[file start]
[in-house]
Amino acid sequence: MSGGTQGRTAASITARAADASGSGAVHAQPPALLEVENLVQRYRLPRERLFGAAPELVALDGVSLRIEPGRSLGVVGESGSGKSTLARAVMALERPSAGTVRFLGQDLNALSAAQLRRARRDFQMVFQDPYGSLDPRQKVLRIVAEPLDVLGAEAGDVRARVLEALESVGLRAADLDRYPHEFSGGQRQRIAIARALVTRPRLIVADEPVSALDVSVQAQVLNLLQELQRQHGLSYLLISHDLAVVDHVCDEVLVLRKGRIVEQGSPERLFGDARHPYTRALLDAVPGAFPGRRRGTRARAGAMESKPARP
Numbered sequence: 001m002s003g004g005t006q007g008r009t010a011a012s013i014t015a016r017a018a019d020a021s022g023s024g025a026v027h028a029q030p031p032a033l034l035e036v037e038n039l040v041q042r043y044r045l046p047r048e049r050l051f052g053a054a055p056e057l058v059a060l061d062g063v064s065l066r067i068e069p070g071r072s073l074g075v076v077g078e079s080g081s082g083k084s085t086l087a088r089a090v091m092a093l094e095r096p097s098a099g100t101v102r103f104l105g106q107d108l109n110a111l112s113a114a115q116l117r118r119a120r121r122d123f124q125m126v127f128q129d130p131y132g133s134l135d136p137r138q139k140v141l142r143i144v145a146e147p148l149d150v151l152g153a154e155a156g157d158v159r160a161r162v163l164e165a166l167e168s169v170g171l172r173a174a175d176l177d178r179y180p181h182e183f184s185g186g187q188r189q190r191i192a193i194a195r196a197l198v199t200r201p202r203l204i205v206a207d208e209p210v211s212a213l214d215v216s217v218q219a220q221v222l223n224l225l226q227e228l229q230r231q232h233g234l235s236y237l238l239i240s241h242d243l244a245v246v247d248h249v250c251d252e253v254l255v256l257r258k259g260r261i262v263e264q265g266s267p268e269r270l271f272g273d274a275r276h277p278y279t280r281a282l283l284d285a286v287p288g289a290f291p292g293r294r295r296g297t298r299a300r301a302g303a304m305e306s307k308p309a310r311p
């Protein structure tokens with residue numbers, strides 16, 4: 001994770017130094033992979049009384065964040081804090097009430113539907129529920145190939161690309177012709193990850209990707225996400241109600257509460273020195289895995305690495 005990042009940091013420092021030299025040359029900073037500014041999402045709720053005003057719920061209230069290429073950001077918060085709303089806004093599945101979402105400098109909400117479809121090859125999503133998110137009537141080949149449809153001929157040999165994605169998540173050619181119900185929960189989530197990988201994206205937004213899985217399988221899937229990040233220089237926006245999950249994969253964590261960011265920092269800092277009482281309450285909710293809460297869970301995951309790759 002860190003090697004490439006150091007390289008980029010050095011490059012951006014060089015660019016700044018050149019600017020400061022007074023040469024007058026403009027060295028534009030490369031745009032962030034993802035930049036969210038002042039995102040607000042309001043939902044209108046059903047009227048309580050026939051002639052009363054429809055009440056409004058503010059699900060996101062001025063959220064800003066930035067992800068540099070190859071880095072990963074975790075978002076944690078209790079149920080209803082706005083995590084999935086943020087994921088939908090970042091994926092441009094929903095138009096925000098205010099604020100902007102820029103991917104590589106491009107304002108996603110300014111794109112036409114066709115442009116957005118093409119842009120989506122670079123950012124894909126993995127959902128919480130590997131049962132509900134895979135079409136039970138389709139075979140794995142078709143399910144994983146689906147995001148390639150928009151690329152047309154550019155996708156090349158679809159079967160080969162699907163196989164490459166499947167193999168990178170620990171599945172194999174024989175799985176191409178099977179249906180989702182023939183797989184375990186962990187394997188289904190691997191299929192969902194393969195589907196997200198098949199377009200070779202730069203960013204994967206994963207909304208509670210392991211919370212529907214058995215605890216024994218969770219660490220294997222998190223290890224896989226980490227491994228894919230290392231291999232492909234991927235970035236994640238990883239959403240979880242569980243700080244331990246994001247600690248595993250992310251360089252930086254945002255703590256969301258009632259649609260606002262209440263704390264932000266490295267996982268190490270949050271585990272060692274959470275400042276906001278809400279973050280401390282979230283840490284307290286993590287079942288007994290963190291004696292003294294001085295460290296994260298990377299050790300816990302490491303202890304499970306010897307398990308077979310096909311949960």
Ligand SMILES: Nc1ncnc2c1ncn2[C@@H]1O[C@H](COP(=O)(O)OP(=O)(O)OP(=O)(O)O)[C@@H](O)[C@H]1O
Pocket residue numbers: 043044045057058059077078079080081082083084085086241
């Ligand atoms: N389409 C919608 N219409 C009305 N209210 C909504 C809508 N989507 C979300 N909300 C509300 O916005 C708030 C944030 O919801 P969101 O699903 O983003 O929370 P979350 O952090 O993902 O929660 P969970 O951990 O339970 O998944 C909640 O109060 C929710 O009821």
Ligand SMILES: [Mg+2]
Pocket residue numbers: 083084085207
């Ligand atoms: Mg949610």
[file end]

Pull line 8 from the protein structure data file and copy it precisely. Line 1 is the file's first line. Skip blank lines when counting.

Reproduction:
Ligand SMILES: [Mg+2]